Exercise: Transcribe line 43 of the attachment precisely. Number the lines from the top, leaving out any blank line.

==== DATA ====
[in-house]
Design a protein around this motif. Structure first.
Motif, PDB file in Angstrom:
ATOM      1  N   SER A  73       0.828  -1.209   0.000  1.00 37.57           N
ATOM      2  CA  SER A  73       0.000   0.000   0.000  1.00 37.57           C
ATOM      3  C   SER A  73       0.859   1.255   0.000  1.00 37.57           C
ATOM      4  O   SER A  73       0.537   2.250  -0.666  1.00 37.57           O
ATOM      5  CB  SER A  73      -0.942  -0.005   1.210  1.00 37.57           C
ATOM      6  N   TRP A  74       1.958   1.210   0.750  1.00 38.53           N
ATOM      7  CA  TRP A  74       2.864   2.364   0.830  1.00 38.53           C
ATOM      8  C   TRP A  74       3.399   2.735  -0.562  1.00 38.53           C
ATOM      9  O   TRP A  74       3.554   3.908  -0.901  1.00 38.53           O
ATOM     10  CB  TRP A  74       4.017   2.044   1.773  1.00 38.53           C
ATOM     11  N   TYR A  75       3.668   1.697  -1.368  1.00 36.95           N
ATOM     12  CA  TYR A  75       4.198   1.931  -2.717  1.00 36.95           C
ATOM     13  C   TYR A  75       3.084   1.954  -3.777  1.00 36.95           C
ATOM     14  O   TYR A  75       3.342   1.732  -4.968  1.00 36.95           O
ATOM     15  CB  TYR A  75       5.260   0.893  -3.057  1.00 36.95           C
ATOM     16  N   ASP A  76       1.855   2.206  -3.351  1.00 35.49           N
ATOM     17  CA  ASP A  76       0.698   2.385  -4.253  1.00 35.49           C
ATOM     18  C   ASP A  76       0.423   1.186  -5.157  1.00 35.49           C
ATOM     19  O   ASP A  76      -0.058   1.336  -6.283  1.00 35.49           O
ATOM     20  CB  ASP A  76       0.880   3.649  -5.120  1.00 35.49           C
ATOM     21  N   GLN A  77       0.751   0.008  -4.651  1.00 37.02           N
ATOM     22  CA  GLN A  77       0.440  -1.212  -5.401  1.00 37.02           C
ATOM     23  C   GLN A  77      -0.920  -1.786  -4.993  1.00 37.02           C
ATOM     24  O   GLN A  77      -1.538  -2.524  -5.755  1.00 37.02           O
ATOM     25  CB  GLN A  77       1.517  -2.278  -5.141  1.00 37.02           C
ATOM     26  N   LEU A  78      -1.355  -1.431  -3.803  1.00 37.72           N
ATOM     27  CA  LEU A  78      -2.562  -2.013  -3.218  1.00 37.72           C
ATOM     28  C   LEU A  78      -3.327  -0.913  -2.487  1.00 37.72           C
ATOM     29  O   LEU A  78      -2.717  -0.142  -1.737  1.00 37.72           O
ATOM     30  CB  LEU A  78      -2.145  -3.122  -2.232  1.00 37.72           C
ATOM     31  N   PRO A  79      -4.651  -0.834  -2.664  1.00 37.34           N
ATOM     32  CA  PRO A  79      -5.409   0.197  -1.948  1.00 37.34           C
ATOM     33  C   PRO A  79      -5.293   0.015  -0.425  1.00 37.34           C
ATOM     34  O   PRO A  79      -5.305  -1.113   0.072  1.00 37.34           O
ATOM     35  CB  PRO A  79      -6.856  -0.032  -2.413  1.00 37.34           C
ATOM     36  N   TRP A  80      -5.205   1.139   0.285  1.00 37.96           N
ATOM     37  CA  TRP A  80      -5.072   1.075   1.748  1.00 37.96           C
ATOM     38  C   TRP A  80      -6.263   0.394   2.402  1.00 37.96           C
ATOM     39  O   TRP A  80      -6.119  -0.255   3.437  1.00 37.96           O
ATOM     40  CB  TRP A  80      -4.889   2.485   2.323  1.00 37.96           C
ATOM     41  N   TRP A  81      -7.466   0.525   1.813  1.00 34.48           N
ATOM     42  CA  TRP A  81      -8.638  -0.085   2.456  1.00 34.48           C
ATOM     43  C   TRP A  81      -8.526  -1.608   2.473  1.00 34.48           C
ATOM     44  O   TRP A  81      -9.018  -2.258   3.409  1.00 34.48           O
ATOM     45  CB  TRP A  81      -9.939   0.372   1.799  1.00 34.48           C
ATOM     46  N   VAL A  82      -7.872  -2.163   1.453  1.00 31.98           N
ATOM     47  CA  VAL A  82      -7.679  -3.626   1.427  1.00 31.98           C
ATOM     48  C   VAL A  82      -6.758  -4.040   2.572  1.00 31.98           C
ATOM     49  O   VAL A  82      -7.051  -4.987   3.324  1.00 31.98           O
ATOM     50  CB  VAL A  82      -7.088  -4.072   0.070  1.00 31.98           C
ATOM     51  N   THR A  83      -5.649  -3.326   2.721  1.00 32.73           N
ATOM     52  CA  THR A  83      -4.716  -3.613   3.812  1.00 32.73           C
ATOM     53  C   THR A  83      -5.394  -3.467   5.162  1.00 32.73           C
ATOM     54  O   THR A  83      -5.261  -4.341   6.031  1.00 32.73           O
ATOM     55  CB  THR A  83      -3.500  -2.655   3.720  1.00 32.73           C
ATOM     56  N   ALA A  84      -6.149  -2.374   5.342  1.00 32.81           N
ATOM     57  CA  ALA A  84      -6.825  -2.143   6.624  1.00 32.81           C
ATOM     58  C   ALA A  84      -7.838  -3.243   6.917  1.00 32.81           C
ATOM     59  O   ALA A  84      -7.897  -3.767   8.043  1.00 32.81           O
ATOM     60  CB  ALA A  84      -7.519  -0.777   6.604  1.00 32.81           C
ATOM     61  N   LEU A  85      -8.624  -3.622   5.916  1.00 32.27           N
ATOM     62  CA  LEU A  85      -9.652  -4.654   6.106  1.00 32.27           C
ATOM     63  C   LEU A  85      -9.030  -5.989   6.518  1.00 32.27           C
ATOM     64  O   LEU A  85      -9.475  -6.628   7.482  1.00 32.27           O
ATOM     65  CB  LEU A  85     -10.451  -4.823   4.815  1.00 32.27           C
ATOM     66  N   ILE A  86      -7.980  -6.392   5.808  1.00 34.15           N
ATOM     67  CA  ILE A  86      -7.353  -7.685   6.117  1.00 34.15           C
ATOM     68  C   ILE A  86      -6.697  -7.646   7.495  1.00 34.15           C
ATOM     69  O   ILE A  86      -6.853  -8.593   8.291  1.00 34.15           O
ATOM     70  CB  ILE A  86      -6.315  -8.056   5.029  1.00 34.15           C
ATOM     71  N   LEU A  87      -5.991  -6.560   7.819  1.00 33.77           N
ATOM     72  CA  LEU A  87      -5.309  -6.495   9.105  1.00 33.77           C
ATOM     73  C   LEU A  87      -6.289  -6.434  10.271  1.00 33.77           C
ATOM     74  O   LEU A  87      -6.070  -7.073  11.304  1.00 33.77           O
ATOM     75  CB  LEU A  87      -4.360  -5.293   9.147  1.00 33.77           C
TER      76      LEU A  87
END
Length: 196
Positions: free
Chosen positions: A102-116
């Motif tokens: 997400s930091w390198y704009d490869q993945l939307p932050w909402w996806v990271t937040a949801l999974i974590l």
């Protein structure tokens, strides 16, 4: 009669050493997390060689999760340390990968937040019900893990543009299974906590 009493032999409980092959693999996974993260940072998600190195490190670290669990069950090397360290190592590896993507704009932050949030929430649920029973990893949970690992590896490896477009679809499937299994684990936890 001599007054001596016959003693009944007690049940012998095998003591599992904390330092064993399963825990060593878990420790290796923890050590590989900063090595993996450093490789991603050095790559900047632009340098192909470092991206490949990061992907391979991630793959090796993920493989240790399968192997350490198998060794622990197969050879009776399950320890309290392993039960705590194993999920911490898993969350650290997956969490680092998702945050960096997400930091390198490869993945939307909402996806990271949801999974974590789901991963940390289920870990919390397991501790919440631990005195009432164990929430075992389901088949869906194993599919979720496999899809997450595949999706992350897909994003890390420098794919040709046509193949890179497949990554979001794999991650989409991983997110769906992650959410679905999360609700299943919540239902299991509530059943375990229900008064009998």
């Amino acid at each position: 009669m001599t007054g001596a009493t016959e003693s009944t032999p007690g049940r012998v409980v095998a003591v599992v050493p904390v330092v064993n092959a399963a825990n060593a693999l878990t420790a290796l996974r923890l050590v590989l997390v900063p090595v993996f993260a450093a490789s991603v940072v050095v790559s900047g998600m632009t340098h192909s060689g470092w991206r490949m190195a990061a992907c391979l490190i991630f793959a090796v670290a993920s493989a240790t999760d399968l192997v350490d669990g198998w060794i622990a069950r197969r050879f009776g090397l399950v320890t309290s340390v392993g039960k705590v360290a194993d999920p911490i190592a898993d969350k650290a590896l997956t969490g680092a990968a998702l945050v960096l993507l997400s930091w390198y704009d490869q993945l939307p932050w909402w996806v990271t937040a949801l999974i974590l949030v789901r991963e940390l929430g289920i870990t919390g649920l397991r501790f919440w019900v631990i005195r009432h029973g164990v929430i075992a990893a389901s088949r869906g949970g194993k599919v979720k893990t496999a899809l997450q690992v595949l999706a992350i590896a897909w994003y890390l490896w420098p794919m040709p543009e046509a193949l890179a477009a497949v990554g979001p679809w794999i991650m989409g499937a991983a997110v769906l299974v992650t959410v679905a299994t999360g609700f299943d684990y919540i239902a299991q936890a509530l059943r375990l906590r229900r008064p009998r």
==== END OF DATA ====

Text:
ATOM     40  CB  TRP A  80      -4.889   2.485   2.323  1.00 37.96           C